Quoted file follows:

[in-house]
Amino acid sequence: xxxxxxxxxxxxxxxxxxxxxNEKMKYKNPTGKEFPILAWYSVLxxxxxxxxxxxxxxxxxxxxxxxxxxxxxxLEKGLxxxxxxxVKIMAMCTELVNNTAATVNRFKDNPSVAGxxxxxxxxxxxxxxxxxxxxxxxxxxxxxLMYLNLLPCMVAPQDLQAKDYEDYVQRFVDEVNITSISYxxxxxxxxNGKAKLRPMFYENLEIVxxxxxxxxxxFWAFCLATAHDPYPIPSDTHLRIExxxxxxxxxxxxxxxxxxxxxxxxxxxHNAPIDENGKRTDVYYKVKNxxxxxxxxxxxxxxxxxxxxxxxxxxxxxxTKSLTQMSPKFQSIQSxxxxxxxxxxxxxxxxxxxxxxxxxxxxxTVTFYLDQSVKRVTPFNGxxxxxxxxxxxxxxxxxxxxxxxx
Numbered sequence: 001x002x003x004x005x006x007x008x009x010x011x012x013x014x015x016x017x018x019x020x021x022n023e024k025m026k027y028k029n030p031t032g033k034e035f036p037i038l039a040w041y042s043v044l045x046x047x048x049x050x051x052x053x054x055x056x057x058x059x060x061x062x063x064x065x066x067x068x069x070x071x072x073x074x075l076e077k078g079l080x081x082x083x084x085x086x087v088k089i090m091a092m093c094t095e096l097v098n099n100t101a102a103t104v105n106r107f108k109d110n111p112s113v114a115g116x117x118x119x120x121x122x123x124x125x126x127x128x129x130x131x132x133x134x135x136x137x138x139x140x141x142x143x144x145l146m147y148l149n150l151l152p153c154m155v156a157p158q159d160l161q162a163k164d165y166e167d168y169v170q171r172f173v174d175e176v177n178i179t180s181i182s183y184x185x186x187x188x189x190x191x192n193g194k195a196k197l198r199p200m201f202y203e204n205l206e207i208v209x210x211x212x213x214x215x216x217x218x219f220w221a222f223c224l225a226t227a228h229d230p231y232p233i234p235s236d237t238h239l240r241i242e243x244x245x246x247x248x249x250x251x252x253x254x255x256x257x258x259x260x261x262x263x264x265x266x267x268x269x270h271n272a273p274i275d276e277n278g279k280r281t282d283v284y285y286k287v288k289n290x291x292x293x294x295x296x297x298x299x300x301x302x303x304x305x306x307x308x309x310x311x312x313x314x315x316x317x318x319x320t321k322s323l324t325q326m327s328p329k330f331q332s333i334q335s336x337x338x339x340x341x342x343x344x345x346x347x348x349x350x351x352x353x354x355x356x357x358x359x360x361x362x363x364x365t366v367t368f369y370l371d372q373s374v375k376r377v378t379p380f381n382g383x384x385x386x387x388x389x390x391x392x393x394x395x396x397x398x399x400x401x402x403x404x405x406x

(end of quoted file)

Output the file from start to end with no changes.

[in-house]
Amino acid sequence: xxxxxxxxxxxxxxxxxxxxxNEKMKYKNPTGKEFPILAWYSVLxxxxxxxxxxxxxxxxxxxxxxxxxxxxxxLEKGLxxxxxxxVKIMAMCTELVNNTAATVNRFKDNPSVAGxxxxxxxxxxxxxxxxxxxxxxxxxxxxxLMYLNLLPCMVAPQDLQAKDYEDYVQRFVDEVNITSISYxxxxxxxxNGKAKLRPMFYENLEIVxxxxxxxxxxFWAFCLATAHDPYPIPSDTHLRIExxxxxxxxxxxxxxxxxxxxxxxxxxxHNAPIDENGKRTDVYYKVKNxxxxxxxxxxxxxxxxxxxxxxxxxxxxxxTKSLTQMSPKFQSIQSxxxxxxxxxxxxxxxxxxxxxxxxxxxxxTVTFYLDQSVKRVTPFNGxxxxxxxxxxxxxxxxxxxxxxxx
Numbered sequence: 001x002x003x004x005x006x007x008x009x010x011x012x013x014x015x016x017x018x019x020x021x022n023e024k025m026k027y028k029n030p031t032g033k034e035f036p037i038l039a040w041y042s043v044l045x046x047x048x049x050x051x052x053x054x055x056x057x058x059x060x061x062x063x064x065x066x067x068x069x070x071x072x073x074x075l076e077k078g079l080x081x082x083x084x085x086x087v088k089i090m091a092m093c094t095e096l097v098n099n100t101a102a103t104v105n106r107f108k109d110n111p112s113v114a115g116x117x118x119x120x121x122x123x124x125x126x127x128x129x130x131x132x133x134x135x136x137x138x139x140x141x142x143x144x145l146m147y148l149n150l151l152p153c154m155v156a157p158q159d160l161q162a163k164d165y166e167d168y169v170q171r172f173v174d175e176v177n178i179t180s181i182s183y184x185x186x187x188x189x190x191x192n193g194k195a196k197l198r199p200m201f202y203e204n205l206e207i208v209x210x211x212x213x214x215x216x217x218x219f220w221a222f223c224l225a226t227a228h229d230p231y232p233i234p235s236d237t238h239l240r241i242e243x244x245x246x247x248x249x250x251x252x253x254x255x256x257x258x259x260x261x262x263x264x265x266x267x268x269x270h271n272a273p274i275d276e277n278g279k280r281t282d283v284y285y286k287v288k289n290x291x292x293x294x295x296x297x298x299x300x301x302x303x304x305x306x307x308x309x310x311x312x313x314x315x316x317x318x319x320t321k322s323l324t325q326m327s328p329k330f331q332s333i334q335s336x337x338x339x340x341x342x343x344x345x346x347x348x349x350x351x352x353x354x355x356x357x358x359x360x361x362x363x364x365t366v367t368f369y370l371d372q373s374v375k376r377v378t379p380f381n382g383x384x385x386x387x388x389x390x391x392x393x394x395x396x397x398x399x400x401x402x403x404x405x406x